High Court judge has granted an injunction preventing Edmund Hillary's watches from being sold at auction in Switzerland.
It comes as June, Lady Hillary, has been asked by the Ministry for Culture and Heritage to return one of her late husband wristwatches to New Zealand after she entered it for sale at a Swiss auction house - because of its historical importance
The injunction instructs Sir Edmund Hillary's widow Lady June Hillary to tell the Swiss auction house, where the watches were to be sold, to withdraw them from sale
The auction was due to take place at 6am this Monday, New Zealand time
The injunction was lodged by lawyers for Sir Edmund's son Peter and daughter Sarah, who claim they own the watches
The watches include an Oyster Perpetual, engraved with "Sir E. Hillary", which Sir Edmund was presented with in 1953, after he climbed Mt Everest
He wore it on his first Antarctic expedition from 1955-1958
The ministry said this evening that the Oyster Perpetual has legal protection under the Protected Objects Act, and wrote to Lady Hillary's lawyers this afternoon informing her of that and asking her to return it, a spokeswoman said
The ministry was waiting for a response from her lawyers before decided its next course of action.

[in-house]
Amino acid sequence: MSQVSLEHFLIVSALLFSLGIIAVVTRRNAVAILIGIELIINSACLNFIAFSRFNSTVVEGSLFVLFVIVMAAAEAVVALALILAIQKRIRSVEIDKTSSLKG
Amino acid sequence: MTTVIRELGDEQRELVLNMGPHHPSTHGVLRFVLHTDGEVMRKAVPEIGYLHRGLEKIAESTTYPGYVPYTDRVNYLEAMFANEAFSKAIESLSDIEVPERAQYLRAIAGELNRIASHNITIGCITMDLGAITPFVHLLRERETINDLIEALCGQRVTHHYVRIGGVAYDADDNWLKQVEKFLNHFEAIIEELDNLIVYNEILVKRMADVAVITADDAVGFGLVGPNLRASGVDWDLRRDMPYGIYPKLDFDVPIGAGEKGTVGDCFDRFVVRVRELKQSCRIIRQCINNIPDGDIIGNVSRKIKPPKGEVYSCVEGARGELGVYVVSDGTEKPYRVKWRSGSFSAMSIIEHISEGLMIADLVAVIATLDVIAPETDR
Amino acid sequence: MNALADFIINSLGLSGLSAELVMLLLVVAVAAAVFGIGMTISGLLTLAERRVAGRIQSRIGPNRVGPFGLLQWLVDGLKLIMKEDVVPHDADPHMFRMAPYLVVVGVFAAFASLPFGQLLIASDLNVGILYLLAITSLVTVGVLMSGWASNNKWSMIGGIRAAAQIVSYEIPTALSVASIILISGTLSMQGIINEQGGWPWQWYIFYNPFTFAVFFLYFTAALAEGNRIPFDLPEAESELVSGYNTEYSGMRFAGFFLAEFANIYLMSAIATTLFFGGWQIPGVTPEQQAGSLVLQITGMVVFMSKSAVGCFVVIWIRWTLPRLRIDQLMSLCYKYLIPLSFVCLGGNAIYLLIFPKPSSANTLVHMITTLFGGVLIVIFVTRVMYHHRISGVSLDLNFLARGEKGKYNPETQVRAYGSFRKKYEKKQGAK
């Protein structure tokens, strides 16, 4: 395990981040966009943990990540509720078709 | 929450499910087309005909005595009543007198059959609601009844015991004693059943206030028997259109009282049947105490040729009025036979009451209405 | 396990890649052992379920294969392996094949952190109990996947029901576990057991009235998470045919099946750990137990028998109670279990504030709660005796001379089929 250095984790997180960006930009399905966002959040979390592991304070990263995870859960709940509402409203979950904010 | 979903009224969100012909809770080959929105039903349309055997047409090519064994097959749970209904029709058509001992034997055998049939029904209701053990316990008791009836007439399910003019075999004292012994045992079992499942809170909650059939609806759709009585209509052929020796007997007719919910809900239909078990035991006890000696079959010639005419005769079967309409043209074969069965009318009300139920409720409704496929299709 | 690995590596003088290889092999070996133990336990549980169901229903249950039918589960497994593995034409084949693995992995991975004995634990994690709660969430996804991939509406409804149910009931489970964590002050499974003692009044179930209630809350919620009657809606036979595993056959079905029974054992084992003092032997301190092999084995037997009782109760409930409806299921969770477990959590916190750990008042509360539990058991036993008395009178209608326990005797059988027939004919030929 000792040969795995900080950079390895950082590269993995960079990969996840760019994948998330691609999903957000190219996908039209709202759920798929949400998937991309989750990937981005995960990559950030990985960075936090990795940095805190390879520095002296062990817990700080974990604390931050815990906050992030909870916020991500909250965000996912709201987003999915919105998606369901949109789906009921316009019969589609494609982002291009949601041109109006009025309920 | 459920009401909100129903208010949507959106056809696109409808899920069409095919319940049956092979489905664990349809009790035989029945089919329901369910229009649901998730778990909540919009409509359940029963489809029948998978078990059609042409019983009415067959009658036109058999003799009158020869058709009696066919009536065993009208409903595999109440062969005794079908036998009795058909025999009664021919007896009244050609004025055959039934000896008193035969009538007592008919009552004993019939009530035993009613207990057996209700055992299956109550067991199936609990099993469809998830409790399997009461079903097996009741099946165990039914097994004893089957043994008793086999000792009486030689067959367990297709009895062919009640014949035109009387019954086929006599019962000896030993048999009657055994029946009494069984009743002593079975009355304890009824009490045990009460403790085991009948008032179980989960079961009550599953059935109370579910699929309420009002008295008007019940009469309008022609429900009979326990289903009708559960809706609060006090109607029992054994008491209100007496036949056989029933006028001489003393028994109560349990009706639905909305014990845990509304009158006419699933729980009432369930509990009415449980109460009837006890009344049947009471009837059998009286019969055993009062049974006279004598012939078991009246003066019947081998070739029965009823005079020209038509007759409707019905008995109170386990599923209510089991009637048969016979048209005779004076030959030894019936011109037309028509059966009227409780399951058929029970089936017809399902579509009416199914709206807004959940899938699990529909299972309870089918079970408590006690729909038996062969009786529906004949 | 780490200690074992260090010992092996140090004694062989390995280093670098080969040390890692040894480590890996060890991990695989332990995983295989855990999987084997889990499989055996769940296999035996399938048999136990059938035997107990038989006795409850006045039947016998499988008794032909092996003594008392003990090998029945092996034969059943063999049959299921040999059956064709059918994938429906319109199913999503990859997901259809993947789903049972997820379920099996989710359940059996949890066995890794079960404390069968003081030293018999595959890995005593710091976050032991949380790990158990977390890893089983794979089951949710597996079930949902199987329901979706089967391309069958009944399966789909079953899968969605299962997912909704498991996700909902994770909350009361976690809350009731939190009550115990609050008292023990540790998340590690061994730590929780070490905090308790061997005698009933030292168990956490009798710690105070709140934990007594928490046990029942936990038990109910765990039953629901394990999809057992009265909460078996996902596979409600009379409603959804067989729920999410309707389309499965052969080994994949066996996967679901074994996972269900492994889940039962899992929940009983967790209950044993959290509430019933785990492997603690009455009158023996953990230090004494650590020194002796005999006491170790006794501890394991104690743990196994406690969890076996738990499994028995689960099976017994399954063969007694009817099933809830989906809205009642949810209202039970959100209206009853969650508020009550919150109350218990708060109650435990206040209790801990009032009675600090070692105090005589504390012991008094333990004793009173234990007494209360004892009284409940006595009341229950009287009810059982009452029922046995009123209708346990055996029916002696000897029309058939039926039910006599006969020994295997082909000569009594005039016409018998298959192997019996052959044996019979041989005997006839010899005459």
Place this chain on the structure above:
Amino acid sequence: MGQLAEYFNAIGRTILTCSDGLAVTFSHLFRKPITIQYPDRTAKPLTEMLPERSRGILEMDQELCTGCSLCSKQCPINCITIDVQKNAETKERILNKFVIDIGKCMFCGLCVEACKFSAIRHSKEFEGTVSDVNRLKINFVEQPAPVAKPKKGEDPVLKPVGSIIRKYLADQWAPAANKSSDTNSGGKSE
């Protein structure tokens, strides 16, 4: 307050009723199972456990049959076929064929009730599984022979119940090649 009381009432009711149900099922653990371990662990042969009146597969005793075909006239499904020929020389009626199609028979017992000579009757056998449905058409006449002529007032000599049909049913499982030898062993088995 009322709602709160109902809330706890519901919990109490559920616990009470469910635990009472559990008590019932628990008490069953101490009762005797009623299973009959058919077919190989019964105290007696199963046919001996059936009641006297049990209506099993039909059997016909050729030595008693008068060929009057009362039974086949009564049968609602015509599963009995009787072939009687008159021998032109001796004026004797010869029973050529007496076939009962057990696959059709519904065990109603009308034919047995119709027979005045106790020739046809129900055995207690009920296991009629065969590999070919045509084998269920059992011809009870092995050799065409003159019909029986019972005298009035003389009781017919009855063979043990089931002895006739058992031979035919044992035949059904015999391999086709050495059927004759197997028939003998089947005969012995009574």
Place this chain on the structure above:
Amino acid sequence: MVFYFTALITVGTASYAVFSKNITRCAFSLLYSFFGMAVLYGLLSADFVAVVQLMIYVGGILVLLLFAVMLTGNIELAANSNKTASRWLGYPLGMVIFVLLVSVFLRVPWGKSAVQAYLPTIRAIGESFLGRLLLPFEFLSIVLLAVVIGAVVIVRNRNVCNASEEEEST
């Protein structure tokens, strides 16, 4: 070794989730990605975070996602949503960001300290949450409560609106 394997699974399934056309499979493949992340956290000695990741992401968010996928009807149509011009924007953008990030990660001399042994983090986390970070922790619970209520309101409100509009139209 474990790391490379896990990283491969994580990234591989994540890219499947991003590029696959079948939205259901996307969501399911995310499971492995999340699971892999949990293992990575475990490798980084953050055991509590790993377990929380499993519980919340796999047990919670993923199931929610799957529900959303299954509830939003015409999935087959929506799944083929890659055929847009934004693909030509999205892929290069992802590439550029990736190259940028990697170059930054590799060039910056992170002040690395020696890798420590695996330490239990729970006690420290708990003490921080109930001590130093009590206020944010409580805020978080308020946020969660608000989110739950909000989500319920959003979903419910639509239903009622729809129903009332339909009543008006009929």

Yesterday, the ministry said if the watches were found to have legal protection under the Act, the New Zealand and Swiss governments may get involved
The wristwatch was expected to fetch more than US$20,000 because of its historical significance.
"I believe it has been stopped for the time being and we are hopeful we can preserve these legacy items," Peter Hillary said. "They, along with a lot of other items, are of great significance to this family and I would suggest in some respects to New Zealand, in terms of being important items from the Ed Hillary collection," he said
By law protected object cannot be exported without ministry permission.
The Hillarys said Lady June put the watches up for sale without talking to them, and the watches were owned by the family, not Lady June, under the terms of his father's will.
Peter Hillary said it was "very sad" he and his sister had had to take court action to stop his stepmother from going ahead with the sale, but it was the straw which had broken the camel's back.
"There have been a number of very significant items from the Ed Hillary collection that do belong to Sarah and I, that have been disposed of inappropriately."
"I believe that it has been stopped for the time being and we are hopeful we can preserve these legacy items. They, along with a lot of other items, are of great significance to this family and I would suggest in some respects to New Zealand, in terms of being important items from the Ed Hillary collection."
Neither Lady Hillary nor her lawyer were available for comment.
Sir Ed died in 2008
New Zealand courts have no jurisdiction in Switzerland but could make orders which applied to people in New Zealand, even if the event was happening overseas.
KR says: We sincerely hope this matter can be resolved before the animosity permanently destroys the relationship between Sir Ed's children and their stepmother.